Contact

Follow

©2017 by Meghan Bellamy. Proudly created with Wix.com

 
Search
  • Meghan Bellamy

For the Nice Girls

It’s 2020 and Lizzo is naked on the cover of Rolling Stone. And I love it. How could you not? She’s a woman turning an attitude into art — alongside our other favorites like Lady GaGa, Rihanna, and Cardi B (just a few that come to mind right away). These women are widely celebrated primarily for their “I don’t give a f**k” attitude, and the way this attitude defines the way they take up space in the world of music, media, and culture. The world has fallen to their feet in praise of this bold declaration of respect and it just makes me wonder: what about the modern women walking around town buying beers, waiting at train stations, doing their laundry — ya know, normal gals — what about the ones that do give a f**k? If our heroines are women like Lizzo and Cardi B, where does that leave the girls that just, humbly, care?

Here’s the thing: I give a f**k. Lots of ’em. Always have, always will. It’s a major character flaw sometimes but it is also the best thing about me. And as a modern woman and fervent champion of anything empowerment related, I often feel like that part of me has to cease to exist in order to be this strong, brave version of myself. I’m the “nice girl,” yes. But that does not mean that I am less brave, less intelligent, less ballsy, or less opinionated than any of our loud, earth shattering icons in the music and media space.

Sorry Rihanna, but I see WAY more than dollar signs, and as much as I wish it were that simple, it just isn’t.

There’s a lot to unpack about the complexities of navigating the world as a young adult woman, but an indisputable core influence in the way we live our lives is media. The things we do, see, and hear. As functioning and engaged members of society we are flooded (if not drowning) in images and messages that champion and praise this “bad bitch” troupe, in an effort to further assert the strength and raw power of women. I spent years feeling like I was a weak woman because I knew I wasn’t hardened or harsh, and I knew I couldn’t be. Not authentically. I spent years feeling like a bad feminist because I care so deeply about other people’s feelings. I spent years feeling like I would never reach my potential as a woman because I didn’t fit that bill. Sorry Rihanna, but I see WAY more than dollar signs, and as much as I wish it were that simple, it just isn’t.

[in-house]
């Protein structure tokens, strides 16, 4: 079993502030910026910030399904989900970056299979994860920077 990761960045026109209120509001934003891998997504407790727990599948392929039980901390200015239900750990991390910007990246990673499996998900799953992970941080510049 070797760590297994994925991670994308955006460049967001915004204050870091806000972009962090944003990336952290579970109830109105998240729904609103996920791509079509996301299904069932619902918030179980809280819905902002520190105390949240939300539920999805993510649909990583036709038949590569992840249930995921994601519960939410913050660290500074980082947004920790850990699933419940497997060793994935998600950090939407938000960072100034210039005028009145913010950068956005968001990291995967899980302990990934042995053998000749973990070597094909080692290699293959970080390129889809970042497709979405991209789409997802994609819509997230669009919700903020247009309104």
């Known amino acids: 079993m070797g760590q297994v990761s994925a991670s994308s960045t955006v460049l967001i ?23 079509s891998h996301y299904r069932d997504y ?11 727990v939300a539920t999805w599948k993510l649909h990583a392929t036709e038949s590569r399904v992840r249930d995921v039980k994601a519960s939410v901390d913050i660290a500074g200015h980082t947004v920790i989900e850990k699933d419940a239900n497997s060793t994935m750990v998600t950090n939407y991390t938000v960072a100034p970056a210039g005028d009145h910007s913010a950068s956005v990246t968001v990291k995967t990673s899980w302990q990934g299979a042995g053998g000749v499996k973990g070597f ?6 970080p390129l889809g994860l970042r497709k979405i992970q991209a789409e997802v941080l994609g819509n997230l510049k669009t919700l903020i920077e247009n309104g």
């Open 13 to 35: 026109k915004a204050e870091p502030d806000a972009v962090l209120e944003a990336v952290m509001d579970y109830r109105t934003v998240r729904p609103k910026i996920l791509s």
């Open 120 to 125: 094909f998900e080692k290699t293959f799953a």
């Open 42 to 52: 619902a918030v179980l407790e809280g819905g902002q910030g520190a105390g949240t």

I guess I was prompted to write this because empowerment is about acceptance above anything else. What I want to see are images that champion tenderness, softness, vulnerability. I want to see the whole picture. I want to be able to say, shamelessly, that “thank u, next” is so NOT what a string of heartbreaks feels like. I want women, especially ones that care about their place in the modern world, to know that they are more than one thing. That they owe the world nothing, and have nothing to prove. That more than anything, they are human — and that’s what we all should be celebrating, about ourselves and each other. You don’t have to exist one certain way to be on par with the heroines and icons we’ve elected as our representatives in music and culture.

I want women, especially ones that care about their place in the modern world, to know that they are more than one thing. That they owe the world nothing, and have nothing to prove. That more than anything, they are human — and that’s what we all should be celebrating, about ourselves and each other.

Whatever way you like to take up space is the way that you should. If you want to take that boy home cause you haven’t been laid in a while — do it. If you’re scared of the emotional complexity of sex — leave alone. If you want to wear your tiniest top cause you’ve been working out and your body looks bangin’ — do it!!! If you know your body looks bangin’ but you still feel way sexier in a turtleneck sweater — wear the turtleneck!!

Your decision does not define your worth as a woman.

There isn’t one kind of strong woman; there’s, like, BILLIONS. You don’t have to be Lizzo or Rihanna to be a badass woman. You can be you, in all your messy, human, emotional glory, and still be strong and uncompromising. It’s 2020 ladies, do it your way.